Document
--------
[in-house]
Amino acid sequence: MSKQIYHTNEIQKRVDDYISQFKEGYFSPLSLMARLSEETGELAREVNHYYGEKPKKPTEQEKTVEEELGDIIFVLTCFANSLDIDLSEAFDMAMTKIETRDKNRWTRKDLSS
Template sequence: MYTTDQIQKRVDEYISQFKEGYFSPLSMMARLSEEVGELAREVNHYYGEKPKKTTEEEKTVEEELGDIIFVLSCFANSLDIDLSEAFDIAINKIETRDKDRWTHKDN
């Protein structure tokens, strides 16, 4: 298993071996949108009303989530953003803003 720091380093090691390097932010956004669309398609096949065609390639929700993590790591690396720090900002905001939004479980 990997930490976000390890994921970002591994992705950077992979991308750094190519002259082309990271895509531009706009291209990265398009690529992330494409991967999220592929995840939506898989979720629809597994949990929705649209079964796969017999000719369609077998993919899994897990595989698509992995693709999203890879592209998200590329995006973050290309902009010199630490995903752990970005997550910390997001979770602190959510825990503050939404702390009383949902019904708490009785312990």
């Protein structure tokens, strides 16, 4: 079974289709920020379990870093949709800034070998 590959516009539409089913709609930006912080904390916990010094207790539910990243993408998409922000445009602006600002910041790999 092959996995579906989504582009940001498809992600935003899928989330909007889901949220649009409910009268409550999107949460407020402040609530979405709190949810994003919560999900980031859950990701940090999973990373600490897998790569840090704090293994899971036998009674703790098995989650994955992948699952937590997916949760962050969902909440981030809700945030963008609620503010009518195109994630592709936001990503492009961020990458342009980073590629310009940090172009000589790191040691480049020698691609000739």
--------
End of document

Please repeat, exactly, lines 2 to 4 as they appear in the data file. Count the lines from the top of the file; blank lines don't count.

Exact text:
Amino acid sequence: MSKQIYHTNEIQKRVDDYISQFKEGYFSPLSLMARLSEETGELAREVNHYYGEKPKKPTEQEKTVEEELGDIIFVLTCFANSLDIDLSEAFDMAMTKIETRDKNRWTRKDLSS
Template sequence: MYTTDQIQKRVDEYISQFKEGYFSPLSMMARLSEEVGELAREVNHYYGEKPKKTTEEEKTVEEELGDIIFVLSCFANSLDIDLSEAFDIAINKIETRDKDRWTHKDN
């Protein structure tokens, strides 16, 4: 298993071996949108009303989530953003803003 720091380093090691390097932010956004669309398609096949065609390639929700993590790591690396720090900002905001939004479980 990997930490976000390890994921970002591994992705950077992979991308750094190519002259082309990271895509531009706009291209990265398009690529992330494409991967999220592929995840939506898989979720629809597994949990929705649209079964796969017999000719369609077998993919899994897990595989698509992995693709999203890879592209998200590329995006973050290309902009010199630490995903752990970005997550910390997001979770602190959510825990503050939404702390009383949902019904708490009785312990």